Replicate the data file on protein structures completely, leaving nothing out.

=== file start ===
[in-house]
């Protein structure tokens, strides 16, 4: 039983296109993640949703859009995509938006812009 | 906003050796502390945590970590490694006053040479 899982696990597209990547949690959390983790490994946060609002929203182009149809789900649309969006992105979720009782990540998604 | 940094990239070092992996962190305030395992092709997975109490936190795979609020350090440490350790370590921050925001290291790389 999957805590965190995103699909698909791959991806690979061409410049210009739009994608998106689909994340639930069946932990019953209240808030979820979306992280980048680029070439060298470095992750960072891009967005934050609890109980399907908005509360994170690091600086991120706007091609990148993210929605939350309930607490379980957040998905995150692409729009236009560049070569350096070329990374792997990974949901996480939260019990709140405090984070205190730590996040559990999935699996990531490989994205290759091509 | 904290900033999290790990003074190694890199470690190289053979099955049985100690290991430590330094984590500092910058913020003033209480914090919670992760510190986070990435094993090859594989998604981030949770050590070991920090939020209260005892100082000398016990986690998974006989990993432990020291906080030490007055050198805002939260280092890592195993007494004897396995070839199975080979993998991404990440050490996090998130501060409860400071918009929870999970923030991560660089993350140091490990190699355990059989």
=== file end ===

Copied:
[in-house]
């Protein structure tokens, strides 16, 4: 039983296109993640949703859009995509938006812009 | 906003050796502390945590970590490694006053040479 899982696990597209990547949690959390983790490994946060609002929203182009149809789900649309969006992105979720009782990540998604 | 940094990239070092992996962190305030395992092709997975109490936190795979609020350090440490350790370590921050925001290291790389 999957805590965190995103699909698909791959991806690979061409410049210009739009994608998106689909994340639930069946932990019953209240808030979820979306992280980048680029070439060298470095992750960072891009967005934050609890109980399907908005509360994170690091600086991120706007091609990148993210929605939350309930607490379980957040998905995150692409729009236009560049070569350096070329990374792997990974949901996480939260019990709140405090984070205190730590996040559990999935699996990531490989994205290759091509 | 904290900033999290790990003074190694890199470690190289053979099955049985100690290991430590330094984590500092910058913020003033209480914090919670992760510190986070990435094993090859594989998604981030949770050590070991920090939020209260005892100082000398016990986690998974006989990993432990020291906080030490007055050198805002939260280092890592195993007494004897396995070839199975080979993998991404990440050490996090998130501060409860400071918009929870999970923030991560660089993350140091490990190699355990059989």